The fierce tornadoes that killed hundreds of Americans during the past month have prompted some environmentalists, including Bill McKibben in a recent Washington Post op-ed, to declare that these disasters are related to man-made climate change — and that things are only going to get worse.
Writing in the Wall Street Journal, economist Don Boudreaux instead points to data showing that, single-year variances notwithstanding, in fact the “number of weather-related fatalities, especially since 1980, has dropped dramatically”:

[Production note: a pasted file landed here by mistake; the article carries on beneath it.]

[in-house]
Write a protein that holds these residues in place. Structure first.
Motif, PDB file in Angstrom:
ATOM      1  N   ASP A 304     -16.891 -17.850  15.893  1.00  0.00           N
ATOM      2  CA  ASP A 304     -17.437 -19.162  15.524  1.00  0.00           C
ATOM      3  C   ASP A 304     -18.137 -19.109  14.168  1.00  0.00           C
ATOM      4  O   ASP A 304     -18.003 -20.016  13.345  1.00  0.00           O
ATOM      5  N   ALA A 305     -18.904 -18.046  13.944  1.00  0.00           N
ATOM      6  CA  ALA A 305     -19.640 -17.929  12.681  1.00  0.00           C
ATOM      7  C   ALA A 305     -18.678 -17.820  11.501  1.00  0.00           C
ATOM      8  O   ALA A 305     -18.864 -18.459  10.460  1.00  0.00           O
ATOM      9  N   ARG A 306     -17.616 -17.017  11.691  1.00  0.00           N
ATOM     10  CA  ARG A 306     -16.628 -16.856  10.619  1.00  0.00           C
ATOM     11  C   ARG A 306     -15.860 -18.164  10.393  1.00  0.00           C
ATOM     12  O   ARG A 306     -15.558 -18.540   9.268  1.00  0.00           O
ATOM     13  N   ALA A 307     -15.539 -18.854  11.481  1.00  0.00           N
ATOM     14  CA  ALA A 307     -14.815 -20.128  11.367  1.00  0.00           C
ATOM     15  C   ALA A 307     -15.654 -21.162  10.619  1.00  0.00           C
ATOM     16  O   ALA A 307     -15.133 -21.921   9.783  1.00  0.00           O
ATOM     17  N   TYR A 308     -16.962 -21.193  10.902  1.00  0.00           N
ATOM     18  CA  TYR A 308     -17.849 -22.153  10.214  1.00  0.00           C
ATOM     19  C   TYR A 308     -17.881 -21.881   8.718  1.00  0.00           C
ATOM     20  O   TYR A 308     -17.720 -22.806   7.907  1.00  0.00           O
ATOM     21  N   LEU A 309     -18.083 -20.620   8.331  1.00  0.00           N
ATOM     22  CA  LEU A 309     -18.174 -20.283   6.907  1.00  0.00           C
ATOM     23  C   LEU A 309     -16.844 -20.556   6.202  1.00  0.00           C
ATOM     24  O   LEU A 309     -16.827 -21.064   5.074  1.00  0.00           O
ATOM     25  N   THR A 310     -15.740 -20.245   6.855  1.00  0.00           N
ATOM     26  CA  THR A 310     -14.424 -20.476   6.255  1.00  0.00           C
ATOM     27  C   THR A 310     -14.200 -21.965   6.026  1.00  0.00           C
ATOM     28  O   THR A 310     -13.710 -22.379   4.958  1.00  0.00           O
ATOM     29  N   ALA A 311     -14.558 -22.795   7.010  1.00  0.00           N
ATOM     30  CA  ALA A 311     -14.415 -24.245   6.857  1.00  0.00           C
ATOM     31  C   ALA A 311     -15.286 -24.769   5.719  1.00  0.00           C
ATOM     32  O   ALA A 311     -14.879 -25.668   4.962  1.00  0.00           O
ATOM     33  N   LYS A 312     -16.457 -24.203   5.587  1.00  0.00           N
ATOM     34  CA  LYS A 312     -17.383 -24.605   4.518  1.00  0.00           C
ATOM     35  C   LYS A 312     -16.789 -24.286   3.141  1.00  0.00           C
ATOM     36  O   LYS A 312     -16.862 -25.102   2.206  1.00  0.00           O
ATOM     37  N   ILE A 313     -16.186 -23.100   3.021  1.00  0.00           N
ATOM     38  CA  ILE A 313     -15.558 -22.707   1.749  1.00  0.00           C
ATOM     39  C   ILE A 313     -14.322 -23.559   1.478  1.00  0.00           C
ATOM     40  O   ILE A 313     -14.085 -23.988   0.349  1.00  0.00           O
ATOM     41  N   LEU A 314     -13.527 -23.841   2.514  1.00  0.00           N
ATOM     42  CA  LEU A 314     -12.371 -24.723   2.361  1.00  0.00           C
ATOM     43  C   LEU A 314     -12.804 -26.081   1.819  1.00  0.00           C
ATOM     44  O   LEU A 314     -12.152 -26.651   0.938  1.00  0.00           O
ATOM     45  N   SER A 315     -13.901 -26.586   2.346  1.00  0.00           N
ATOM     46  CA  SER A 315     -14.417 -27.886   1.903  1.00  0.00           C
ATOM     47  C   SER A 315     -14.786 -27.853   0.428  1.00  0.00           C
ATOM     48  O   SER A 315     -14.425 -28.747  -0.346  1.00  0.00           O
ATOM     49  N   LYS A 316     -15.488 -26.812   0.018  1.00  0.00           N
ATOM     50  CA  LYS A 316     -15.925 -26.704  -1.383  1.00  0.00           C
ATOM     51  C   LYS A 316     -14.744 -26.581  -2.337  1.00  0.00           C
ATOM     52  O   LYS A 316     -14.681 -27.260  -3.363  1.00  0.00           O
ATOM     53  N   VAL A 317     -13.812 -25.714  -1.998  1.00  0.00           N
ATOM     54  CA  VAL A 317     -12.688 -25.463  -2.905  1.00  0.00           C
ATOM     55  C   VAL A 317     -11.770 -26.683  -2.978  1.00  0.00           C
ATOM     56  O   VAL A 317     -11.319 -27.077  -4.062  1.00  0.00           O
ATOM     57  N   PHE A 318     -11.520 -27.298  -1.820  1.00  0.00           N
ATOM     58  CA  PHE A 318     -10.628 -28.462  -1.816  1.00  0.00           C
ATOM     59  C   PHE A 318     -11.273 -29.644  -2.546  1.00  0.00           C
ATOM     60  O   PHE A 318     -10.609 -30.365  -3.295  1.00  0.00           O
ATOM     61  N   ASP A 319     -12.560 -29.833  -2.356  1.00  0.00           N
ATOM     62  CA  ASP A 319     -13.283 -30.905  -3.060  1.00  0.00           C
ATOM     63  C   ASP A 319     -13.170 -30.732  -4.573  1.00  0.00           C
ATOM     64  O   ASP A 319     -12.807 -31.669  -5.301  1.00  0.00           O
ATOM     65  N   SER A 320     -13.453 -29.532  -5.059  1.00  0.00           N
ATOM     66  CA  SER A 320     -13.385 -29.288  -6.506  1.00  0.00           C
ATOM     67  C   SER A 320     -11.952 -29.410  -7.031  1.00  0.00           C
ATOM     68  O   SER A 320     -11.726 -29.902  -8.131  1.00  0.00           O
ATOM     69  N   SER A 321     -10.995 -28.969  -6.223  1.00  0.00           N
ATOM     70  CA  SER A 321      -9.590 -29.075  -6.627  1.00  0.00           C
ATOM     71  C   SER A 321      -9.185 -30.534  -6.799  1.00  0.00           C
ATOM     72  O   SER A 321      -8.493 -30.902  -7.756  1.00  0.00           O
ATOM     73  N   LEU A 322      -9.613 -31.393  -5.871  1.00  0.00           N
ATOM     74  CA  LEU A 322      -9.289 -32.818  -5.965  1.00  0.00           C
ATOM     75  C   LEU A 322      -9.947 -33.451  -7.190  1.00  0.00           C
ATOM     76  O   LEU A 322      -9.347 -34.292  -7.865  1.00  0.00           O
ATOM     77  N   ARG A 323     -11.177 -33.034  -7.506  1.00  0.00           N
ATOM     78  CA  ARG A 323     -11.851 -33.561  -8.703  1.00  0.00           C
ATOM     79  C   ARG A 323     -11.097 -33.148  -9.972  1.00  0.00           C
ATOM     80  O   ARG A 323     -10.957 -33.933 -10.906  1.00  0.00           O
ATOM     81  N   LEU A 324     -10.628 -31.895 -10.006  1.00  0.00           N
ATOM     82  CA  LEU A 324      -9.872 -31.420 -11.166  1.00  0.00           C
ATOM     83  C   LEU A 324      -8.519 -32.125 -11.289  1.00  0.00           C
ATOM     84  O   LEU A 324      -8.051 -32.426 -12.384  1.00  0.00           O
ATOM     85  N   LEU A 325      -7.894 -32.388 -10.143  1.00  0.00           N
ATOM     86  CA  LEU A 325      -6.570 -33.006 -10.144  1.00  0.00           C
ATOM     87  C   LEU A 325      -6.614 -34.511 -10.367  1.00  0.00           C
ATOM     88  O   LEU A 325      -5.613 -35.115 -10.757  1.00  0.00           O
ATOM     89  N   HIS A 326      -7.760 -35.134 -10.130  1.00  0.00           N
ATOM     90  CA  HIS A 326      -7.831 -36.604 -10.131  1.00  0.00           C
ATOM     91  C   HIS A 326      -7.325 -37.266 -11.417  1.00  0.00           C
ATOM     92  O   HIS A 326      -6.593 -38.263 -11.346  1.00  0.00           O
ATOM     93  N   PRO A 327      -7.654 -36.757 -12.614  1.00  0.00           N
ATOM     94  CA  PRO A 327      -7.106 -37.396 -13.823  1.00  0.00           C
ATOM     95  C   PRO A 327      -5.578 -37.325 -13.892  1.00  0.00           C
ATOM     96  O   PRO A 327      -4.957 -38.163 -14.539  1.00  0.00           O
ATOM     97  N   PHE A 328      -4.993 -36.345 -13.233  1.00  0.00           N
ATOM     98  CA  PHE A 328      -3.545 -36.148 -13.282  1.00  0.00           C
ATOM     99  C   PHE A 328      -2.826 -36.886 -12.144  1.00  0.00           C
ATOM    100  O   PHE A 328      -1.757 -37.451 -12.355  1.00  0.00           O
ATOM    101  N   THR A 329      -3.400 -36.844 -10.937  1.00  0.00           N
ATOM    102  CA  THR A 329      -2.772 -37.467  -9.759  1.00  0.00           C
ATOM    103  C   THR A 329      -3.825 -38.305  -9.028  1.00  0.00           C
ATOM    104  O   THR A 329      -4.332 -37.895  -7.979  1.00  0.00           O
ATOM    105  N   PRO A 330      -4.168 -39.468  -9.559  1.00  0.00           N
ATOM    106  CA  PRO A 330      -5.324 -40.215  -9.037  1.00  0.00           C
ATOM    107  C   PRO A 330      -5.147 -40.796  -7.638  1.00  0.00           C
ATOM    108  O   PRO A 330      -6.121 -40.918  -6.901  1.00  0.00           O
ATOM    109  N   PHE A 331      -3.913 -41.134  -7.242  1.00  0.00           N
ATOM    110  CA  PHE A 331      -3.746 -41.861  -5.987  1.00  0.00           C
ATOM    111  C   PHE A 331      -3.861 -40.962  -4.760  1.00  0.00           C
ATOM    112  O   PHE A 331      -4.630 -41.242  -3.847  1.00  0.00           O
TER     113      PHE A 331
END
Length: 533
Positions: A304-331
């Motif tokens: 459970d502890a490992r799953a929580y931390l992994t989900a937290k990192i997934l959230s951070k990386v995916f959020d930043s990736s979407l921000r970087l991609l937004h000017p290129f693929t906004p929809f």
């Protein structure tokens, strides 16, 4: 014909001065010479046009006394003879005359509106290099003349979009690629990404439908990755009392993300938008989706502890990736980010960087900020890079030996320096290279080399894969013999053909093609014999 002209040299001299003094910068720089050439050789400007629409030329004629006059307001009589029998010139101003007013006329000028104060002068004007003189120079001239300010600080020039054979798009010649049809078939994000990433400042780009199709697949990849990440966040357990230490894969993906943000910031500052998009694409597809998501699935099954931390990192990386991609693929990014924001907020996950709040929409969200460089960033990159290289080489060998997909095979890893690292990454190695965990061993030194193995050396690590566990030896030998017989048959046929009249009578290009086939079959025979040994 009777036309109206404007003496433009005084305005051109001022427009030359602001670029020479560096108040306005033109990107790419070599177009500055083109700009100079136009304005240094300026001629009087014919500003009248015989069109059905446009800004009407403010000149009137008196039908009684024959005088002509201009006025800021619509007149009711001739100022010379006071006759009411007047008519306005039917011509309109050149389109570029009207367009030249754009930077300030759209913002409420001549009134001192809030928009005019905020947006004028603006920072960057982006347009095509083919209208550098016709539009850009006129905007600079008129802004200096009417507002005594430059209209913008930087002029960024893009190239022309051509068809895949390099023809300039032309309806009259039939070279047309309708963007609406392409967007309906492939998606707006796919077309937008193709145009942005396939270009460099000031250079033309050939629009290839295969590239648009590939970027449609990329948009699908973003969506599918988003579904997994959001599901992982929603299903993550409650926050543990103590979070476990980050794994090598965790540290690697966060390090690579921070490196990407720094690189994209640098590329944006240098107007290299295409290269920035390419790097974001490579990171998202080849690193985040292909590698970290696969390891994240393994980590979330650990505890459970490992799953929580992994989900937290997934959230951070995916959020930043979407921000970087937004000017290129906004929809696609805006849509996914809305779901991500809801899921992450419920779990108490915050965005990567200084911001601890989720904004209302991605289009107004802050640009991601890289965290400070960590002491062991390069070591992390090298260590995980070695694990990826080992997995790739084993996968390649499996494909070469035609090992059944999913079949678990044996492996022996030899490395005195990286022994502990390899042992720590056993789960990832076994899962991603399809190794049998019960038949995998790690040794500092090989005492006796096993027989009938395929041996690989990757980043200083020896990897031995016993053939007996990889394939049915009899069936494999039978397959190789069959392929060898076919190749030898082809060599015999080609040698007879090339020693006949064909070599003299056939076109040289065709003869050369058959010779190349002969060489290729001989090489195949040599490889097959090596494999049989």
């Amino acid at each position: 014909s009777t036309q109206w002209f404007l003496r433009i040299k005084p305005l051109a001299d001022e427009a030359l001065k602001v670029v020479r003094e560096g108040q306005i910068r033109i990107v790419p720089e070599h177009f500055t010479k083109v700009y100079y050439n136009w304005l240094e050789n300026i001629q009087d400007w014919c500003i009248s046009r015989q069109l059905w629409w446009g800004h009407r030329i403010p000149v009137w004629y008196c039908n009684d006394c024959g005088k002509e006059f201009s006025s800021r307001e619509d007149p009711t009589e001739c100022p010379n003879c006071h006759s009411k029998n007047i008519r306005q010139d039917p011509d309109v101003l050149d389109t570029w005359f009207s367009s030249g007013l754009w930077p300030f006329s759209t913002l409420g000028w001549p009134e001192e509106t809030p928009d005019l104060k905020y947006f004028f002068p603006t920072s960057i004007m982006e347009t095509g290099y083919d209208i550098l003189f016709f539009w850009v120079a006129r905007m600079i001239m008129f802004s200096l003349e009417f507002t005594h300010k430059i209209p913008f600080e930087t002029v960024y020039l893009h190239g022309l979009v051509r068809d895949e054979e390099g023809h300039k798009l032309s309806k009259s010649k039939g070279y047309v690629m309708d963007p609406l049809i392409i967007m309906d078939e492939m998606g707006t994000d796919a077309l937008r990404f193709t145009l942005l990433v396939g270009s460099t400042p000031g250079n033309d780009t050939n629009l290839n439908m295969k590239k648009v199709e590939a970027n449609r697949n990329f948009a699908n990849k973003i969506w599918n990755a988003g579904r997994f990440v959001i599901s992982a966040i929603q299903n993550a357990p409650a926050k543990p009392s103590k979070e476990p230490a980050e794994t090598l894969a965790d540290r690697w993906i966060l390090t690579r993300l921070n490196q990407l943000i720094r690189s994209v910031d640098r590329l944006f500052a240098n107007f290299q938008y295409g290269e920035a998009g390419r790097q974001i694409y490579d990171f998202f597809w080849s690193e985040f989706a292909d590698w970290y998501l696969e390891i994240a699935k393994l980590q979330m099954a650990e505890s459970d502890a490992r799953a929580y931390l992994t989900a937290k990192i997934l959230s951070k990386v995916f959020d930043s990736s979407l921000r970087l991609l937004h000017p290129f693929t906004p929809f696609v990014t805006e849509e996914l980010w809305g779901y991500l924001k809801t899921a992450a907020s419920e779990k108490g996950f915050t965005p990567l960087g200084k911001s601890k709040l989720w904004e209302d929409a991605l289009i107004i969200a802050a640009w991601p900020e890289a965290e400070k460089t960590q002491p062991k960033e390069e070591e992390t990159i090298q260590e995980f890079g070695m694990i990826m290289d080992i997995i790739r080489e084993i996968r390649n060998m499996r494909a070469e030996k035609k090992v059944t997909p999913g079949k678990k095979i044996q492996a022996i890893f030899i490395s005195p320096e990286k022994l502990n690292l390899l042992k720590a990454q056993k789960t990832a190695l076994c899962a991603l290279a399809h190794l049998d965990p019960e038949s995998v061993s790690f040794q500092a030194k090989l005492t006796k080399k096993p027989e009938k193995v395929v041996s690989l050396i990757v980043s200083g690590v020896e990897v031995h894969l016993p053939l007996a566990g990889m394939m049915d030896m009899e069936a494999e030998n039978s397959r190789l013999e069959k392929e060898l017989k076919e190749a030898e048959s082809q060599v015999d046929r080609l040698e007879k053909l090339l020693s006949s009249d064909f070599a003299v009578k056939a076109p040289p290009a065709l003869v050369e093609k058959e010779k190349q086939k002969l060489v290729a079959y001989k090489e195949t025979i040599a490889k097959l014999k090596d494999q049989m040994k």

For the 30-year span of 1980-2009, the average annual number of Americans killed by tornadoes, floods and hurricanes was 194 — fully one-third fewer deaths each year than during the 1940-1979 period. The average annual number of deaths for the years 1980-2009 falls even further, to 160 from 194, if we exclude the deaths attributed to Hurricane Katrina, most of which were caused by a levee that breached on the day after the storm struck land.
This decline in